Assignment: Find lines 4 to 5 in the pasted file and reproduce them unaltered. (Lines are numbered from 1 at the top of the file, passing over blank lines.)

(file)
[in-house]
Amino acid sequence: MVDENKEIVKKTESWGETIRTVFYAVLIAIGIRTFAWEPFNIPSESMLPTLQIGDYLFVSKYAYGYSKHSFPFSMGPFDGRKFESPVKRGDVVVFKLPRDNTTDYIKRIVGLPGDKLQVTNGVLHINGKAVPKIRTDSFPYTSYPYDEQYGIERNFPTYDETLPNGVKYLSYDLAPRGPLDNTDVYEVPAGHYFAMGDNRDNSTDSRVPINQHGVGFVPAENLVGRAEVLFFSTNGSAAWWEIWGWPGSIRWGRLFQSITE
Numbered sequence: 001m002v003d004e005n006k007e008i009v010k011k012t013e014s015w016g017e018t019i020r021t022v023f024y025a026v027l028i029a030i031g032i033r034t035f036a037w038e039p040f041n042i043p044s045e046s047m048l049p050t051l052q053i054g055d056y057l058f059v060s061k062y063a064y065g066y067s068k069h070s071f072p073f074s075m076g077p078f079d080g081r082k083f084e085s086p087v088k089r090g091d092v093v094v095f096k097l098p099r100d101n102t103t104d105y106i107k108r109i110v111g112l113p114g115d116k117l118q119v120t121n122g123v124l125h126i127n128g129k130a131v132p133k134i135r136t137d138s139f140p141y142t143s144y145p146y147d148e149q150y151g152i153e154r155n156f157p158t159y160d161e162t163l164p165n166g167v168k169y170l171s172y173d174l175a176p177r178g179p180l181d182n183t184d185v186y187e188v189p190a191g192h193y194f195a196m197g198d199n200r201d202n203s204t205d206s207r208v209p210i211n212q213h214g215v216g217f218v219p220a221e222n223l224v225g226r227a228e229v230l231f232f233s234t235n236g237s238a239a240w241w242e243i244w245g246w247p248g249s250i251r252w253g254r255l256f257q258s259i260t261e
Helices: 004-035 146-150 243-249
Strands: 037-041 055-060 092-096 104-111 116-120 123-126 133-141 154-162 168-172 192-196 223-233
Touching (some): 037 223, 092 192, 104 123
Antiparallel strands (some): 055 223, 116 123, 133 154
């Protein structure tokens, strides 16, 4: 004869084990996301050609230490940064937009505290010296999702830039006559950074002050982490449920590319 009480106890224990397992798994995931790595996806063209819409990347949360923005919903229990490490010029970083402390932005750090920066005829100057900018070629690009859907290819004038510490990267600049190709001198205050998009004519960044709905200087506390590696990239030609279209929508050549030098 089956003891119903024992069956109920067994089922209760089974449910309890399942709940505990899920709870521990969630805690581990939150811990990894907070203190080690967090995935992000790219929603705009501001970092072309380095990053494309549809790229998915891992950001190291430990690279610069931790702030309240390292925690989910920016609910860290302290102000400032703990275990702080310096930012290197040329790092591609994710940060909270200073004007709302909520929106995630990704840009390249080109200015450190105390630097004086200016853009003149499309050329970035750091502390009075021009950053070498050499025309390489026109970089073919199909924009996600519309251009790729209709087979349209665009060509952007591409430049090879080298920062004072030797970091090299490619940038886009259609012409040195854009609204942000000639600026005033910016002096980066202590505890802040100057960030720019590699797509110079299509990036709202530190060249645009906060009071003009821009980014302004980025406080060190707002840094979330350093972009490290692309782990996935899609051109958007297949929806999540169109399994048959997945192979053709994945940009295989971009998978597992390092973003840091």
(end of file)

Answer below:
Helices: 004-035 146-150 243-249
Strands: 037-041 055-060 092-096 104-111 116-120 123-126 133-141 154-162 168-172 192-196 223-233